Do chronic alcoholics "have only themselves to blame" for theiraddiction to ethanol? Or are societal pressures the cause of theirpathological over-indulgence? What share of alcoholism, if any, canbe laid at the door of genetic inheritance?
Certainly, dependence on drink runs in families, but is there actuallya gene for alcoholism? Yes, at least one gene, on human chromosome11, according to recent research reported by molecular geneticists.The latest such finding, in the April issue of Nature Medicine,suggests not just cause, but cure _ or at least, treatment _ for theself-destructive addiction.
Its title: "Bromocriptine in the treatment of alcoholics with the D2dopamine receptor A1 allele."
Bromocriptine is a powerful drug prescribed mainly for Parkinson'sdisease, (but also for some problems of lactation). It acts as anagonist to the D2 receptor of the neurotransmitter dopamine, which iscurrently suspected of complicity in addiction to drugs of abuse.
"Previous research," writes the paper's principal author, biochemistand psychiatrist Ernest Noble, "has identified certain areas of thebrain that are involved in reinforcement of reward behavior. Forexample, if the nucleus accumbens is stimulated, the animal feelspleasure, feels reward.
"When drugs are given to animals, Noble continued, "or for thatmatter to humans, we find that in those areas of reward, levels of theneurotransmitter, dopamine are increased. The dopamine thenstimulates its receptors, which results in the feeling of satisfaction,reward or pleasure."
Such gratifying sensations reward ethanol ingestion, and prompts"another round of the same."
Noble, the paper's principal author, chairs alcohol studies at theUniversity of California, Los Angeles (UCLA), and directs UCLA'salcohol research center. In the 1970s, he headed the National Instituteof Alcohol Abuse and Alcoholism.
"In 1990," he told BioWorld Today, "my colleagues and I looked forgenes that might be associated with alcoholism. Obviously the D2dopamine receptor gene stood high on our list, because of itsinvolvement in pleasure or reward. What we found, as did others,were two alleles on that gene, A1 and A2. "Severe alcoholics, wedetermined, had significantly higher prevalence of the A1 allele thandid non-alcoholics."
Since then, he and his co-authors have extended this A1 allelicindictment of that gene to cocaine, nicotine and the food addiction ofobesity.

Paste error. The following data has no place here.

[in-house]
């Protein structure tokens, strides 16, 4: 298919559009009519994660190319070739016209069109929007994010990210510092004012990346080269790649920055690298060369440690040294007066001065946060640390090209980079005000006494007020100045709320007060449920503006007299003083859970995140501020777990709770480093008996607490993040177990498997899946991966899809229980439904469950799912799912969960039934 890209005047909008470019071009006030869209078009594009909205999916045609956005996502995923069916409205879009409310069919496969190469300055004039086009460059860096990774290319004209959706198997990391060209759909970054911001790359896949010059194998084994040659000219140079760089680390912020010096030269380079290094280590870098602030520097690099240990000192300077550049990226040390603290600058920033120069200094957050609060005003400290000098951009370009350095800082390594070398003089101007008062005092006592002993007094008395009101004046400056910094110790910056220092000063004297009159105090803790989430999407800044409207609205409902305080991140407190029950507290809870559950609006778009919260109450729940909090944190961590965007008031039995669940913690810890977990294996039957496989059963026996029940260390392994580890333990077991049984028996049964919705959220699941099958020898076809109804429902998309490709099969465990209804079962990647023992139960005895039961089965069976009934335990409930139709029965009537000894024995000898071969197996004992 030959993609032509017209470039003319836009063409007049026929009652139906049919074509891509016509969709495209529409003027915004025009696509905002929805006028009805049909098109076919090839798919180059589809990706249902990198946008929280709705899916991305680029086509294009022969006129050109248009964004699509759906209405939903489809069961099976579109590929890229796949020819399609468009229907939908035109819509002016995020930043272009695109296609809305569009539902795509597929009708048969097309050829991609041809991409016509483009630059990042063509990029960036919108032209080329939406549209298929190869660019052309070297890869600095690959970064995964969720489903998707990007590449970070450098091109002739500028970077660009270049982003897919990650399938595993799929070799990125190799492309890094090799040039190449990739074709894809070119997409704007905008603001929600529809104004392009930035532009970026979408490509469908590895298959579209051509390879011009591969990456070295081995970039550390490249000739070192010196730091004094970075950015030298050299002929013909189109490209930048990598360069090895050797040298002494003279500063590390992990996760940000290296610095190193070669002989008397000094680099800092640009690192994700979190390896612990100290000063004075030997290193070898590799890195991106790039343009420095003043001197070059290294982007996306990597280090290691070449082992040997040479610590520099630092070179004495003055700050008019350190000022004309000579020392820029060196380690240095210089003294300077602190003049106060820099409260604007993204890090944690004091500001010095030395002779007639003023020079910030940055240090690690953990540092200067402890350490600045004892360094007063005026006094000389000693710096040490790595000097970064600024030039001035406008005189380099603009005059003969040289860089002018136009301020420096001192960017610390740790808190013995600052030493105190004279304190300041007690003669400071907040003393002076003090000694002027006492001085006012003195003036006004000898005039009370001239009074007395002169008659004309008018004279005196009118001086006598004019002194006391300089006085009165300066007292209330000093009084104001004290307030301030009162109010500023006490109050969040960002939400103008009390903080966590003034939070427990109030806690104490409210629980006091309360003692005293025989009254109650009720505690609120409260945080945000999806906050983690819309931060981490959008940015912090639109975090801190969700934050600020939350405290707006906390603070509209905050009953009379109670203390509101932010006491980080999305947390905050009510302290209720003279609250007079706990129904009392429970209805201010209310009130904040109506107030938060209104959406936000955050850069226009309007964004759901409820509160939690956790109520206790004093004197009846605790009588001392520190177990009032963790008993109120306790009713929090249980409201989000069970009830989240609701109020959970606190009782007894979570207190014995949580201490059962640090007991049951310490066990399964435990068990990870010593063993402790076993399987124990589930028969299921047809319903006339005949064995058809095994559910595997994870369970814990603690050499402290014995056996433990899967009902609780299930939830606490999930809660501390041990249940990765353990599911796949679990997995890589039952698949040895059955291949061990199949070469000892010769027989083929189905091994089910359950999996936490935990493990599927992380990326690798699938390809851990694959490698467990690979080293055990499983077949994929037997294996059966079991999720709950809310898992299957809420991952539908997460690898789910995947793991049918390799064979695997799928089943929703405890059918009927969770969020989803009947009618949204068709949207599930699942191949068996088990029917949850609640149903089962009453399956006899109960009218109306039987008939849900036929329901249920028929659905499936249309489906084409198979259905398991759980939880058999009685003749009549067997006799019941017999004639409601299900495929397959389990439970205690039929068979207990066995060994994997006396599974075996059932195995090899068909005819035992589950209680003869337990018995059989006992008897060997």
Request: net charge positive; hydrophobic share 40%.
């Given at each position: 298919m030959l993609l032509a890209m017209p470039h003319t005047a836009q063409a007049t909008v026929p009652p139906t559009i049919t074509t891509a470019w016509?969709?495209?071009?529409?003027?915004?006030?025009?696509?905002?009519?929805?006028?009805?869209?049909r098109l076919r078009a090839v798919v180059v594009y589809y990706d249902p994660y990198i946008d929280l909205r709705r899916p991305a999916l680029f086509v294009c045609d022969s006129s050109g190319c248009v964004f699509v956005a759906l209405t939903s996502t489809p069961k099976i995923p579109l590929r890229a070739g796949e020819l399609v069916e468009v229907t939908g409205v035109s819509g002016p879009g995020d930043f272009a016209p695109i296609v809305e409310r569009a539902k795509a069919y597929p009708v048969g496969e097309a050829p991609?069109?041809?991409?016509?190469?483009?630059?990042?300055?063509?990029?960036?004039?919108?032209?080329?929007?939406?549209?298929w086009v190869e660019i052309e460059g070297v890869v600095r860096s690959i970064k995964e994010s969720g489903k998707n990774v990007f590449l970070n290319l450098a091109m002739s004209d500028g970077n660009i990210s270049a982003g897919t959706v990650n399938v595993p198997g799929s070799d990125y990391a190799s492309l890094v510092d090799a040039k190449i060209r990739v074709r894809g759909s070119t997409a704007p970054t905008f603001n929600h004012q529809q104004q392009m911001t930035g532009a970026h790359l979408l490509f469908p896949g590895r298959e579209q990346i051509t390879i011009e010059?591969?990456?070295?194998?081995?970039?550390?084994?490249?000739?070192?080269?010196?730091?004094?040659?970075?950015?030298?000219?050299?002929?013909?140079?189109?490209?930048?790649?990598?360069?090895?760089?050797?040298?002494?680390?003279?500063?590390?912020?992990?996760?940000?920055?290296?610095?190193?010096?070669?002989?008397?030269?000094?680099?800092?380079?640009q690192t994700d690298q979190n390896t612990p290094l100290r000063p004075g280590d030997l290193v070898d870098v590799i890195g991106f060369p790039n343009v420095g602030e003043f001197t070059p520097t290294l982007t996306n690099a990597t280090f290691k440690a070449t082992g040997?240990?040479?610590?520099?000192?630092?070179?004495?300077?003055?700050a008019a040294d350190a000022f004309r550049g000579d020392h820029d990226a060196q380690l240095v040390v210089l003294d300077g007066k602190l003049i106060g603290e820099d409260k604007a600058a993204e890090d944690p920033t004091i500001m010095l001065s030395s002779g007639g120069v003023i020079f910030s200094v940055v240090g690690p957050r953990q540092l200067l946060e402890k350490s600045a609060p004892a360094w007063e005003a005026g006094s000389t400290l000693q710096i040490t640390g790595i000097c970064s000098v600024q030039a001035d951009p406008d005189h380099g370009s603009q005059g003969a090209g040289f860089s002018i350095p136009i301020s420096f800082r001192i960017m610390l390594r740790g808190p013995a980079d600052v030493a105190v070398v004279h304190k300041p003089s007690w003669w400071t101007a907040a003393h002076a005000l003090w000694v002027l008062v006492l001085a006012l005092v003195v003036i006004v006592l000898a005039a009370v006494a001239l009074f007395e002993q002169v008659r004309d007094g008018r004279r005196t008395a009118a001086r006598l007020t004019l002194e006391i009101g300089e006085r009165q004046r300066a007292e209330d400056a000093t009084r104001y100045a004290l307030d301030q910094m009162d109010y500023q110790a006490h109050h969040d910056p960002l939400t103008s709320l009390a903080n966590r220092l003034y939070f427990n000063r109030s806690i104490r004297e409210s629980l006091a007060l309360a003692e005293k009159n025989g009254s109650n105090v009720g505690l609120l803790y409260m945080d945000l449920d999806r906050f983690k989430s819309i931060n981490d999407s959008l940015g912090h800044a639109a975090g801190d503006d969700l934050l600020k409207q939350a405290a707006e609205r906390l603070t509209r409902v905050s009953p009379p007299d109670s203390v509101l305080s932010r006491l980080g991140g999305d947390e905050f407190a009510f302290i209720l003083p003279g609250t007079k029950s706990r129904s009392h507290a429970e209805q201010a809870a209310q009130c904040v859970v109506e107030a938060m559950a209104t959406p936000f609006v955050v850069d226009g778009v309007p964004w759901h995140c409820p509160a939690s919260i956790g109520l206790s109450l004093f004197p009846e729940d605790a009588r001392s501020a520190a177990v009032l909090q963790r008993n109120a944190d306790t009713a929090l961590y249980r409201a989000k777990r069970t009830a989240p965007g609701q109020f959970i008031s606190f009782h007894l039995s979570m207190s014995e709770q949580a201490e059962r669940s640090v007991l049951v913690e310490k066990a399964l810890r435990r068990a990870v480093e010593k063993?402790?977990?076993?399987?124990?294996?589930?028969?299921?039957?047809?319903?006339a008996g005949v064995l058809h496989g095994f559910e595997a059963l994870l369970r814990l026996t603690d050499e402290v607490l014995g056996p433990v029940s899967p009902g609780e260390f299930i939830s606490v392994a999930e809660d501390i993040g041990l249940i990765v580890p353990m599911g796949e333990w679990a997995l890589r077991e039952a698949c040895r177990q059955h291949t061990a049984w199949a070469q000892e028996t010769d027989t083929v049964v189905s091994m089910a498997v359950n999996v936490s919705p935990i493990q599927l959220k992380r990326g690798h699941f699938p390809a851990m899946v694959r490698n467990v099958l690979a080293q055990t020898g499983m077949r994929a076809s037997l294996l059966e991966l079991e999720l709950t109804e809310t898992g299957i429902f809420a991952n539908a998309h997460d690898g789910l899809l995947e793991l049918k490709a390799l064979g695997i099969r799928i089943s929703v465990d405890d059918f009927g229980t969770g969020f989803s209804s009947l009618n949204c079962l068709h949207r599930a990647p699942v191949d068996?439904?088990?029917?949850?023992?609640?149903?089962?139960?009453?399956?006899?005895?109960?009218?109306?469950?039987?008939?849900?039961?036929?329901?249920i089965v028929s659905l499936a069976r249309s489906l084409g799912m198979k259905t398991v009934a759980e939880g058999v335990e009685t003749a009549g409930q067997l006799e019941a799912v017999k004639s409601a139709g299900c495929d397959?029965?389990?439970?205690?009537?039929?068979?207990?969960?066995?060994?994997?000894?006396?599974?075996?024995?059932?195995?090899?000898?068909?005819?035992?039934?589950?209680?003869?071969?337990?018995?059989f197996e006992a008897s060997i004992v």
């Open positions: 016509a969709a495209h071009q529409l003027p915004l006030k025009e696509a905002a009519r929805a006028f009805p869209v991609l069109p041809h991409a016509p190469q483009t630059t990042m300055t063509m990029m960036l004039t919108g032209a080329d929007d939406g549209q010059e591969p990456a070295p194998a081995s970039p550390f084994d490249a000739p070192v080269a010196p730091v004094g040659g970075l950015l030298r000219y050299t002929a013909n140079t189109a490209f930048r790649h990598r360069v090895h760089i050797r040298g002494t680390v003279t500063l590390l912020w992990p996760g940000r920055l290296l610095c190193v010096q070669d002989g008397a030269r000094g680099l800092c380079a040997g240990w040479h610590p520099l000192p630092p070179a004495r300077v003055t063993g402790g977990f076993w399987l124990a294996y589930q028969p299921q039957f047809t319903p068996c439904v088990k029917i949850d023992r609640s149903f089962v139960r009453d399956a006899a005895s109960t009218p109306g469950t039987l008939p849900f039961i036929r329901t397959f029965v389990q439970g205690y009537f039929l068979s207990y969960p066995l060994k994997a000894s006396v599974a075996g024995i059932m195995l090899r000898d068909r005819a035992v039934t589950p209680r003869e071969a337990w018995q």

A1 is a "minor allele," Noble said, which occurs in only 20 percent ofthe general population, of which an estimated 7 percent arealcoholics. Of that affected group, fully half have the A1 form of thegene.
"What this implies," he hypothesizes, "is that A1 people are bornwith a deficiency of their reward system. And in order to overcomethat, to feel good in life, they may take alcohol, which by releasingdopamine stimulates the dopamine receptor.
"The only catch with that," Noble pointed out, "is that dependencybegins to develop with alcohol, people become alcoholics, or cocaineaddicts, or cigarette smokers, or compulsive food eaters."
UCLA's brain bank supplied the final link: people who had the AIand A2 alleles" Those with A1," Noble said, "had a significantlylower number of D2 dopamine receptors _ 30 percent or better _than those who don't have the allele."
With this research background, he and his colleagues then asked thepractical question: "What would happen if we gave alcoholics a D2dopamine agonist, that is, a stimulator of the D2 dopaminereceptors?"
One primary drug candidate they looked at was bromocriptine, whichcrimps the activity of dopamine acting on the brain's reward centers.To test its effects in short-circuiting the pleasure centers in the brainsof alcoholics, he set up a trial in conjunction with Bruce Lawford ofthe Royal Brisbane Hospital, in Queensland, Australia.